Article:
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Game Info:

Skyrim Hearthfire DLC
Developed By: Bethesda Entertainment
Published By: Bethesda Entertainment
Release Date: October 5, 2012
Available On: PC (reviewed), PS3, Xbox 360
Skyrim is required for this DLC.
Genre: RPG
Number of Players: Single-player only
ESRB Rating: M for Mature for Blood, Violence, Alcohol
Price: $4.99

After spending many hours completing numerous quests and defeating Alduin, the Dragonborn ponders settling down and raising kids.  The Hearthfire expansion offers a Sims like experience in Skyrim where you can adopt children, acquire pets, and build your own dream home.  For a mere $5, you can easily tack on another ten or so hours gathering the materials and furnishings for your new home.  

When you install the DLC, you’ll be greeted by a messenger delivering a letter regarding the possibility of adopting kids in the orphanage.  Besides them, several towns have children with sad stories in search of a good home.  Before you can adopt anyone, you’ll need to have a house with a bedroom for them.  You can either renovate one of your town houses or buy a plot of land and build from there.  

I opted to buy some land from a jarl and build my own house.  The process is pretty foolproof, and I can only wish that making houses was this easy in real life.  When you explore your new property you’ll be greeted with a drafting table and a crafting bench that has a book with instructions on how to get started.  There is even a chest with some clay and stone to boot.  A pickaxe is also provided should you choose to mine your own resources.  Once you appoint a house steward, you can have them fetch the materials for you.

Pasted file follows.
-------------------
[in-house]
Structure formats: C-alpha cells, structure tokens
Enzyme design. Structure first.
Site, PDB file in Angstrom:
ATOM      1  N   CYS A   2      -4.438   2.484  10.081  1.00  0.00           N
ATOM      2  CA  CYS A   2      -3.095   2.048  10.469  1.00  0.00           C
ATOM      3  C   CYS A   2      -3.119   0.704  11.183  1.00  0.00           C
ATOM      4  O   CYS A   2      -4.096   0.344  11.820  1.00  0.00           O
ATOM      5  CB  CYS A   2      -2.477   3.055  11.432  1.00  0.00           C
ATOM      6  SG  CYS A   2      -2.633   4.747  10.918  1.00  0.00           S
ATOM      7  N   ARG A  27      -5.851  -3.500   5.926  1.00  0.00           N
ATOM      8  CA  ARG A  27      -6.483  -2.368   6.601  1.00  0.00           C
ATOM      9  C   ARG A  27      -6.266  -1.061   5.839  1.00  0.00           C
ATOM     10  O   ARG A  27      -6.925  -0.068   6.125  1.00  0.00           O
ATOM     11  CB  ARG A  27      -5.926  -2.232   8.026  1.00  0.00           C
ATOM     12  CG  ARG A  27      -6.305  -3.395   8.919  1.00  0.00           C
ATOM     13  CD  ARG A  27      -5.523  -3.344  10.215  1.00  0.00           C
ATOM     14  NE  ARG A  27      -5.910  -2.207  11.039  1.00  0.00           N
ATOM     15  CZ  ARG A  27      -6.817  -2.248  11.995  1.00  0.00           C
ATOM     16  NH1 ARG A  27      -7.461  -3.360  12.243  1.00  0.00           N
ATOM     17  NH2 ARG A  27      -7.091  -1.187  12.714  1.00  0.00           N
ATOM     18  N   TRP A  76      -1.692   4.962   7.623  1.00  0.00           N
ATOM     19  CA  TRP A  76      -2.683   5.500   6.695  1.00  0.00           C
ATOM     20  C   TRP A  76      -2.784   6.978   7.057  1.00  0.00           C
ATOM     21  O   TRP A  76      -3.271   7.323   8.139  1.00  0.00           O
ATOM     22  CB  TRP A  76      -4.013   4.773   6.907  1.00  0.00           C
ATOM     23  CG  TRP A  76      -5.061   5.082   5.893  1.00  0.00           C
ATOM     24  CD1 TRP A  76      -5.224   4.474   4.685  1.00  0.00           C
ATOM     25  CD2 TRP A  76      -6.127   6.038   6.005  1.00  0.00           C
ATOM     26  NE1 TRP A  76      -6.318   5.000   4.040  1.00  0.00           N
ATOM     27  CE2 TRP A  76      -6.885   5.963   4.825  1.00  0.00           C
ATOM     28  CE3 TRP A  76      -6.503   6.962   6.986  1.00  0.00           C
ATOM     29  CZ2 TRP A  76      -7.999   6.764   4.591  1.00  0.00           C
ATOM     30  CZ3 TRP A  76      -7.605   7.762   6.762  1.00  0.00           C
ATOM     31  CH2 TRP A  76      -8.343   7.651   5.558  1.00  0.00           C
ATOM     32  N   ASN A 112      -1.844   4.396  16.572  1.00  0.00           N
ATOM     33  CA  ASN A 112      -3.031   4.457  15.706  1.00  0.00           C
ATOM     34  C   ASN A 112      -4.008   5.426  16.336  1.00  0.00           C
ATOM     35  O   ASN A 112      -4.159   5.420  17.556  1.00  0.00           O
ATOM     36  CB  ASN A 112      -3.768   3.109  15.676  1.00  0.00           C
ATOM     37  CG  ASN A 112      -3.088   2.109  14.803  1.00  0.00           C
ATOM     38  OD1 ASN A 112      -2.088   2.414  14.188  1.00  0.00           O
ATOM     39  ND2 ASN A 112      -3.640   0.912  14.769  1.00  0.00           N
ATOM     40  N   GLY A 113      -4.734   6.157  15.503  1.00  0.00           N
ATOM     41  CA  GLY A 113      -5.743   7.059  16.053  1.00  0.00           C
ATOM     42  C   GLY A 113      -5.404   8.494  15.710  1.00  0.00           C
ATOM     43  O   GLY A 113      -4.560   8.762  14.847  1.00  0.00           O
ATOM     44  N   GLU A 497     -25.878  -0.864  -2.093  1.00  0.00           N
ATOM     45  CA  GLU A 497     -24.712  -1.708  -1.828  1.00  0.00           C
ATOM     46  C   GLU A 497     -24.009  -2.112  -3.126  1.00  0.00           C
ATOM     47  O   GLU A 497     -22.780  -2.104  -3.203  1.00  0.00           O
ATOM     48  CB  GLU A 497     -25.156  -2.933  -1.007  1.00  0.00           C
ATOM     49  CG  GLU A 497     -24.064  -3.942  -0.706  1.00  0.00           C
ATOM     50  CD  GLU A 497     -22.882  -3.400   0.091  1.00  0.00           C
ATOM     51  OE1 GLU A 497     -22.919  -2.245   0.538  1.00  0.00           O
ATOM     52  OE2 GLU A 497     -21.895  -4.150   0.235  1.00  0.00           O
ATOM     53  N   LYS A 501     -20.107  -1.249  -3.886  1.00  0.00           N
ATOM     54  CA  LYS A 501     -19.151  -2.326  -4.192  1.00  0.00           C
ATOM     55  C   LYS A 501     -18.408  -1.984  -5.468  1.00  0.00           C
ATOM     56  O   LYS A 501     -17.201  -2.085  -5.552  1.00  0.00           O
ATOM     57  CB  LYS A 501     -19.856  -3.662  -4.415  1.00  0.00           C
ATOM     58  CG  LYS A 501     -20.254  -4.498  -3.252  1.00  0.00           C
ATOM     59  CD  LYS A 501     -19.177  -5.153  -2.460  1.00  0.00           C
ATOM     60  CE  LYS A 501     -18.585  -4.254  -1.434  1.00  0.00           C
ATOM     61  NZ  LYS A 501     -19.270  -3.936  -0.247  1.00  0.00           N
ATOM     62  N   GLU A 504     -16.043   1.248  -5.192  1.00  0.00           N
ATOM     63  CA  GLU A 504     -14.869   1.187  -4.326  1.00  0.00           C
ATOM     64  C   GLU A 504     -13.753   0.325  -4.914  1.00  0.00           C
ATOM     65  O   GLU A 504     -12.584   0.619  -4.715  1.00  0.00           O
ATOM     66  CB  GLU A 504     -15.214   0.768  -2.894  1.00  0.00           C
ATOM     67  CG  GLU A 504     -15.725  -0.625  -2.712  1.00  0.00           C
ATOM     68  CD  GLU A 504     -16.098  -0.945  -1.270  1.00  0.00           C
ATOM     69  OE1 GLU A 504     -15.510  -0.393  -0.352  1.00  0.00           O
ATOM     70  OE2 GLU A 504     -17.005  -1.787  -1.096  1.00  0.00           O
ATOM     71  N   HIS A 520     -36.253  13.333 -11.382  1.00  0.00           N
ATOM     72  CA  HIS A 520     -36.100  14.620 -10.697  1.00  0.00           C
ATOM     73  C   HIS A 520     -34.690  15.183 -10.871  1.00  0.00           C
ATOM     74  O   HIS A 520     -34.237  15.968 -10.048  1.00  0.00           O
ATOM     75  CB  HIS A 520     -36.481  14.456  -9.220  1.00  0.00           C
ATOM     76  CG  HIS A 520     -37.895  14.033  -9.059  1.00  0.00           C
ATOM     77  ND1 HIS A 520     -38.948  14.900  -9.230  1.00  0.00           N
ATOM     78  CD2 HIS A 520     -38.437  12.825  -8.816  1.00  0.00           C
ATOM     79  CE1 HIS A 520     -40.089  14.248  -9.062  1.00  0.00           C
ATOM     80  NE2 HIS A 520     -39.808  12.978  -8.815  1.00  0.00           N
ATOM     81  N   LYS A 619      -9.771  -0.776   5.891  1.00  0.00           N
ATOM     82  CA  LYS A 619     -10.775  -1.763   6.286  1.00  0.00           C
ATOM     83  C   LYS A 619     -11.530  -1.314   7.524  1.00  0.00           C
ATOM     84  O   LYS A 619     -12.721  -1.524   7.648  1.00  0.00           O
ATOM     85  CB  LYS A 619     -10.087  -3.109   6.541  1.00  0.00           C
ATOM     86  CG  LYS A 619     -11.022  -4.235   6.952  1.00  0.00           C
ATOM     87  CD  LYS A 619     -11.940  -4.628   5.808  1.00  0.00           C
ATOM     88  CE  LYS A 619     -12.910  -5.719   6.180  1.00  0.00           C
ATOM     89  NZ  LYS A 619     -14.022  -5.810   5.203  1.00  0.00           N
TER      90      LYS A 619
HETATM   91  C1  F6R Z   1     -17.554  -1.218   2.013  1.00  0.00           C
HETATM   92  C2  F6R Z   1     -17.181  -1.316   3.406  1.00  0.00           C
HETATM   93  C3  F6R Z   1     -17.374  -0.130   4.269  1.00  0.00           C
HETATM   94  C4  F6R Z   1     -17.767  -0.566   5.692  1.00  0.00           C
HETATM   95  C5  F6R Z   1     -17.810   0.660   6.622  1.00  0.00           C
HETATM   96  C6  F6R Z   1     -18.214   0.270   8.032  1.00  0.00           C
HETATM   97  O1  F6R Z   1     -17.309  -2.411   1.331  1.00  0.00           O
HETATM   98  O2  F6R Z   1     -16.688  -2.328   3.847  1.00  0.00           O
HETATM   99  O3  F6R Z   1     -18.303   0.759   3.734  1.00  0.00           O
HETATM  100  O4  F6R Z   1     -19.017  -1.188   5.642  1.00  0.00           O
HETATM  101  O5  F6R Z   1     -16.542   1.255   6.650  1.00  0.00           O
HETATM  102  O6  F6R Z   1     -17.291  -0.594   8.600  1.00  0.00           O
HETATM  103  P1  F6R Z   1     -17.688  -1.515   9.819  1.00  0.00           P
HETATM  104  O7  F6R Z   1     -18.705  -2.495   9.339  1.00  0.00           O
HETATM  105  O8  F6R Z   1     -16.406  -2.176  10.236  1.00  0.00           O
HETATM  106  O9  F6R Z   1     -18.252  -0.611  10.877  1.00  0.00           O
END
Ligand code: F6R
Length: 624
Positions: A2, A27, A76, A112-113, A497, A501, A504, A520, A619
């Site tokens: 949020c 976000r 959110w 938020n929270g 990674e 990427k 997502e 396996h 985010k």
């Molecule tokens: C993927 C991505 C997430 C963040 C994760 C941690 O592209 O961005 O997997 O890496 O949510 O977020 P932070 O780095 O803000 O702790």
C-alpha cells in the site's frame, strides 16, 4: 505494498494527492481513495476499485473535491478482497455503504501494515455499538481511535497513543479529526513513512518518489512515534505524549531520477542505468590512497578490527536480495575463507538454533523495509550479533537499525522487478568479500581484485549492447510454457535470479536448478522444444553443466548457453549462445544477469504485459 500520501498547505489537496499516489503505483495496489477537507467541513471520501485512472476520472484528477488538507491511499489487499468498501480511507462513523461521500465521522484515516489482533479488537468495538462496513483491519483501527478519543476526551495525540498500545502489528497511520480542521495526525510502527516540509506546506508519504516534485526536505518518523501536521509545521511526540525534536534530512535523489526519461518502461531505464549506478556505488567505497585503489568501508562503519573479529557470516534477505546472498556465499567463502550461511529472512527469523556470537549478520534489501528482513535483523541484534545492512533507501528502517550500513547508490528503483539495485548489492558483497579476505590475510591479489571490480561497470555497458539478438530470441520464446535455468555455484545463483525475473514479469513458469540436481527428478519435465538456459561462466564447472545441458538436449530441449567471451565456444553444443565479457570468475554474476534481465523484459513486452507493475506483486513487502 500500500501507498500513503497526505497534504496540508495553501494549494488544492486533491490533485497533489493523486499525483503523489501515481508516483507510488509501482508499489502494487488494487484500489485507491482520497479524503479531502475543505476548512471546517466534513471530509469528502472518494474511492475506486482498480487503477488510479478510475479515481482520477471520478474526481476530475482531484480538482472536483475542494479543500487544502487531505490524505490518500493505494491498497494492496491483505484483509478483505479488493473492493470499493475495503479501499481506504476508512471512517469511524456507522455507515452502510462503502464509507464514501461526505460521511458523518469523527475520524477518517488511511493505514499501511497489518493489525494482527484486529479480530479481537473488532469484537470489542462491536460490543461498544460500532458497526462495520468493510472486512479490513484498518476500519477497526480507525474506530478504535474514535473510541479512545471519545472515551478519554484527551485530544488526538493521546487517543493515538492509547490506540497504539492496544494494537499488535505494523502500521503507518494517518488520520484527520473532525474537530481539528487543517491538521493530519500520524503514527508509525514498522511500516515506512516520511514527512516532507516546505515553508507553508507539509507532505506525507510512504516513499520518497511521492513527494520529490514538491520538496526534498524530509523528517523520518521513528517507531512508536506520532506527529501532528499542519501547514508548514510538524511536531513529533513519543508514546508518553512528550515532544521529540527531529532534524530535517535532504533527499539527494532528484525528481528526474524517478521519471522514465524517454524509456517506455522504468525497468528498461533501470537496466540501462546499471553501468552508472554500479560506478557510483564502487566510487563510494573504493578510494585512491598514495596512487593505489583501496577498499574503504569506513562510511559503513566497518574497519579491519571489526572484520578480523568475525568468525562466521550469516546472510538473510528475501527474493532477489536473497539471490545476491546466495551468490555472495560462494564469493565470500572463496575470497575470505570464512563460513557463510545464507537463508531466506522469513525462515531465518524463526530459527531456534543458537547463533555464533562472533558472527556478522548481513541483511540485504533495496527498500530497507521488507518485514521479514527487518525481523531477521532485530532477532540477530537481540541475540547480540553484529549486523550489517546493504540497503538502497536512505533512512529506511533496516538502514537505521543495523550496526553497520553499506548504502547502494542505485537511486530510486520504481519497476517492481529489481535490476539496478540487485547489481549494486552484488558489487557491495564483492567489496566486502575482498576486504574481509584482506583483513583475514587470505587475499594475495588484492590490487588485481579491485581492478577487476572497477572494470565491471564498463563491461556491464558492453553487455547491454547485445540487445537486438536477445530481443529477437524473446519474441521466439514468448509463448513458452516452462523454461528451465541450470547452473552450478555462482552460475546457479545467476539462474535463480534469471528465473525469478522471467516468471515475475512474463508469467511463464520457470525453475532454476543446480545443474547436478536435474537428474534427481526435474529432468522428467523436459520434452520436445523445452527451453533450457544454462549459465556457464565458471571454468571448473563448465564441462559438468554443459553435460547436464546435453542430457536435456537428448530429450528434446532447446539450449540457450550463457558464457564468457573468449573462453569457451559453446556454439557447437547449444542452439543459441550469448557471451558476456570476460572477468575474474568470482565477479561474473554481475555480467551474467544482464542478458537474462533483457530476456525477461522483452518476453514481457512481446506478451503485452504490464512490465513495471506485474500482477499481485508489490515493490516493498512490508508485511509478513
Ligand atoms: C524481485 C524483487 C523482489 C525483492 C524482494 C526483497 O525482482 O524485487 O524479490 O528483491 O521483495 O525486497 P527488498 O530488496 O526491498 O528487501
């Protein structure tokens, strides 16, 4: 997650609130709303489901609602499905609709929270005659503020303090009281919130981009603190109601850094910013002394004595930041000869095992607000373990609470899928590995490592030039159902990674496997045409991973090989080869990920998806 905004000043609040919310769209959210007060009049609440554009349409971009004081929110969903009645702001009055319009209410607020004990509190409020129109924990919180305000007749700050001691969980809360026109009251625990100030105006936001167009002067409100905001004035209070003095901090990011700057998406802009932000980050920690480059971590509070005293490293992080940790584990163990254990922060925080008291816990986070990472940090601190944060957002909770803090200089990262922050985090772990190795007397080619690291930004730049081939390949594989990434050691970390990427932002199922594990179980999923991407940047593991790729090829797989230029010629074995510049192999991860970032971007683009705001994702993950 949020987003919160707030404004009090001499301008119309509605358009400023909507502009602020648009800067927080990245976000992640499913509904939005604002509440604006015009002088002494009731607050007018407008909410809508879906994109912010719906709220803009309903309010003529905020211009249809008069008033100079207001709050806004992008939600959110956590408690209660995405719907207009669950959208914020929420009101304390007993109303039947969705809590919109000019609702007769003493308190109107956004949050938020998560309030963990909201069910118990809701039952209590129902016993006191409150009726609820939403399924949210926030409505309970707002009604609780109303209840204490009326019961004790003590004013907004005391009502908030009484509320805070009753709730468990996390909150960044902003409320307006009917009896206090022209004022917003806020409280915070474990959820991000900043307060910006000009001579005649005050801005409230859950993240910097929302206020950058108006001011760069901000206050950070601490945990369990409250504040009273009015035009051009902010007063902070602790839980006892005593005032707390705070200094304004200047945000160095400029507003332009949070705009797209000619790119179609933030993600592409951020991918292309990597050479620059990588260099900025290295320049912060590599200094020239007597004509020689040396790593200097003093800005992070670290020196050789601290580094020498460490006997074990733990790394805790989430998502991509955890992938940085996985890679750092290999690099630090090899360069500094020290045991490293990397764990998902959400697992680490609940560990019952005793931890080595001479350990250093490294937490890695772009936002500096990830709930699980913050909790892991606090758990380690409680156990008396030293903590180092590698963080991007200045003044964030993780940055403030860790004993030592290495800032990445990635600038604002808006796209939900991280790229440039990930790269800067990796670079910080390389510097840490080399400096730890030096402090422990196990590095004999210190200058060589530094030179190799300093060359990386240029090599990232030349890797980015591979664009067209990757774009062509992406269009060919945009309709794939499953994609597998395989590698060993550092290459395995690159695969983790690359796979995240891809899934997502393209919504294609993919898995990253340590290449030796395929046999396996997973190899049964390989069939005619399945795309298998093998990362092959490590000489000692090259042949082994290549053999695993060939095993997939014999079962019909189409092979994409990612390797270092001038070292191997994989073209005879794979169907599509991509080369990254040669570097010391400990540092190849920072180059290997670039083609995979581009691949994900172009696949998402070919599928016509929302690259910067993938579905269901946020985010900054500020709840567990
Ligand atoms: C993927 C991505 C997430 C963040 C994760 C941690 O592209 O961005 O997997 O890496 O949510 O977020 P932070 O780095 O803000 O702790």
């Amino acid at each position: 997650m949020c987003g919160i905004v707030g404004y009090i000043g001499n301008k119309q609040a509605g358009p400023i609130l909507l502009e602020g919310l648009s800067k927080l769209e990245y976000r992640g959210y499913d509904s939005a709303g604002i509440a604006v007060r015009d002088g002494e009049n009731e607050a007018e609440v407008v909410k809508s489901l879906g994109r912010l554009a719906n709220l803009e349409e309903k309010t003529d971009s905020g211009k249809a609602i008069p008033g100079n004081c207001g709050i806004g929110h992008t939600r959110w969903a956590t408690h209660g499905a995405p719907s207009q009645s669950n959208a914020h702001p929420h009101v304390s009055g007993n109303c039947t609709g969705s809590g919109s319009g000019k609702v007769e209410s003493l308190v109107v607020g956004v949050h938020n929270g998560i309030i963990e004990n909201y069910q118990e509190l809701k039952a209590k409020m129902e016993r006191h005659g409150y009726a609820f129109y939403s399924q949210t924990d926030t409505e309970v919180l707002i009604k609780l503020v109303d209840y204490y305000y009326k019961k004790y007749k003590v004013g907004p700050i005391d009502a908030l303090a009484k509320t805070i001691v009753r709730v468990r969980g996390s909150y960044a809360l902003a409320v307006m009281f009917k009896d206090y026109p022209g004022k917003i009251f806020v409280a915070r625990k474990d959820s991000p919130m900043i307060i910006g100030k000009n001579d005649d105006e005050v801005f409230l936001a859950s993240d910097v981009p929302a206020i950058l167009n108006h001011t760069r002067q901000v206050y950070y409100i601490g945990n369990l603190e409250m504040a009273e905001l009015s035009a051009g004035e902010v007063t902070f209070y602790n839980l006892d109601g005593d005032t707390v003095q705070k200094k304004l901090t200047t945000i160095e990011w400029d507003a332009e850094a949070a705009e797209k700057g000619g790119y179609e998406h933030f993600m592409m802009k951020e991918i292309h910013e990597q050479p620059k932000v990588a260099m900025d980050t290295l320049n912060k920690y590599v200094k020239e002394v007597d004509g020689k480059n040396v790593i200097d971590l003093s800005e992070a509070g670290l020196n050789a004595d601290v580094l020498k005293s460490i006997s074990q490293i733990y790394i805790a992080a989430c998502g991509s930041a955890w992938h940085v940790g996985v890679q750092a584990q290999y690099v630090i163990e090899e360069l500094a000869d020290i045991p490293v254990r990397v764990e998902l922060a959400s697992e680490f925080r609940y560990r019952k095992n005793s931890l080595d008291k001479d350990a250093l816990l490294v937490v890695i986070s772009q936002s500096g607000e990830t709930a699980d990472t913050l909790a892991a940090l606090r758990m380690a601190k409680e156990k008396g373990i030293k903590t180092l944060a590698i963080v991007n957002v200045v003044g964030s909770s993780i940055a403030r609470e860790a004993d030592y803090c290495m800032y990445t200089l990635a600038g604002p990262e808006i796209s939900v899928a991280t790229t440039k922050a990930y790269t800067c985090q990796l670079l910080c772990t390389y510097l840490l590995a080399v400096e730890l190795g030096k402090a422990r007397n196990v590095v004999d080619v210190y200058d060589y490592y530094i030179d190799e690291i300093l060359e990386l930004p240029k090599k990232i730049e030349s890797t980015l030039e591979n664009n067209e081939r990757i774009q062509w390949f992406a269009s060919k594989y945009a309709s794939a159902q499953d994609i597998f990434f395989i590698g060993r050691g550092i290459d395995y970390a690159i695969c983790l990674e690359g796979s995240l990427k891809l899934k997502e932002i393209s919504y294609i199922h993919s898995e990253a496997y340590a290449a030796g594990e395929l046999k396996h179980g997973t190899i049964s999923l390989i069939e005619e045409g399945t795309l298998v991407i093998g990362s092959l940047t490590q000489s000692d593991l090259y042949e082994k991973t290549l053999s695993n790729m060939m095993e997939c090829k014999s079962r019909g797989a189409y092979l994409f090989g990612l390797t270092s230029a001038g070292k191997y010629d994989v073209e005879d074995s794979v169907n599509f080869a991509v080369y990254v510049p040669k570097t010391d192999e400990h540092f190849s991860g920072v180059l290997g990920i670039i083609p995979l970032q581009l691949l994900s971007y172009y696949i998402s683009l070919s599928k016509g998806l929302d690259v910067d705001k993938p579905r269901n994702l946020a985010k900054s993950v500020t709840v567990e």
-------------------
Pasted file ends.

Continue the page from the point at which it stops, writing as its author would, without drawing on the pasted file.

Highlights:

Strong Points: Building your own house and adopting kids is fun and rewarding.
Weak Points: Lots of glitches
Moral Warnings: Same as the main game

Until then, your first task is to select your blueprint and buy some lumber from the closest saw mill.  The lumber is a reasonable 200 gold and that includes delivery to your work site.  While you can buy the wood, clay, and stone, other building materials will have to be forged at a blacksmith’s shop.  Your smithing skills will go up as you turn iron ore into nails, hinges, iron fittings, and locks.  Other items like goat horns, straw, and glass will have to be bought from general stores.  

Once the building process is started, you can ask several NPC’s in the game to become your house steward.  You can extend the offer to your existing housecarl or find another follower to do the job.  Since you’re limited to one follower at a time, your options may be limited.  I ran into a glitch that caused my existing housecarl (Lydia) to run off after I appointed another housecarl (Gregor) to be my steward.  I later found Lydia at my house in Winterhaven.  

I uncovered another glitch with the house steward.  You can have them beautify the house for you, but this ONLY works if you have not started decorating it.  Even if you furnish part of one room, they cannot finish it or decorate any other rooms for you.  They will simply take your money and do nothing.